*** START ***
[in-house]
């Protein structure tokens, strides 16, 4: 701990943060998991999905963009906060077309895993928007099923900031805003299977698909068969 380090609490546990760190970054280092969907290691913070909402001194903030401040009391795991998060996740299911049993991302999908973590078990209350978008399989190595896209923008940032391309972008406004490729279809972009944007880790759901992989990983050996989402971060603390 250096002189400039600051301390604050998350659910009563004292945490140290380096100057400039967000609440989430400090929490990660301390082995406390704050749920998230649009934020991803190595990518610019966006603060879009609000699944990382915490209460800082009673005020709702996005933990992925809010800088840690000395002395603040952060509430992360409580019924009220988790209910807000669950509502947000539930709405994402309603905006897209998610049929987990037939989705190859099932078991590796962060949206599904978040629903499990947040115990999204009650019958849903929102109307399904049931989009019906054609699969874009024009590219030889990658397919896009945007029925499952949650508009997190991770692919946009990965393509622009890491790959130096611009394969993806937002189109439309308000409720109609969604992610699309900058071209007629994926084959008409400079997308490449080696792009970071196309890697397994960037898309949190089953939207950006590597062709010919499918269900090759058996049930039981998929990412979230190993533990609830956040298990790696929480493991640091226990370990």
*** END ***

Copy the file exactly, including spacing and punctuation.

[in-house]
């Protein structure tokens, strides 16, 4: 701990943060998991999905963009906060077309895993928007099923900031805003299977698909068969 380090609490546990760190970054280092969907290691913070909402001194903030401040009391795991998060996740299911049993991302999908973590078990209350978008399989190595896209923008940032391309972008406004490729279809972009944007880790759901992989990983050996989402971060603390 250096002189400039600051301390604050998350659910009563004292945490140290380096100057400039967000609440989430400090929490990660301390082995406390704050749920998230649009934020991803190595990518610019966006603060879009609000699944990382915490209460800082009673005020709702996005933990992925809010800088840690000395002395603040952060509430992360409580019924009220988790209910807000669950509502947000539930709405994402309603905006897209998610049929987990037939989705190859099932078991590796962060949206599904978040629903499990947040115990999204009650019958849903929102109307399904049931989009019906054609699969874009024009590219030889990658397919896009945007029925499952949650508009997190991770692919946009990965393509622009890491790959130096611009394969993806937002189109439309308000409720109609969604992610699309900058071209007629994926084959008409400079997308490449080696792009970071196309890697397994960037898309949190089953939207950006590597062709010919499918269900090759058996049930039981998929990412979230190993533990609830956040298990790696929480493991640091226990370990």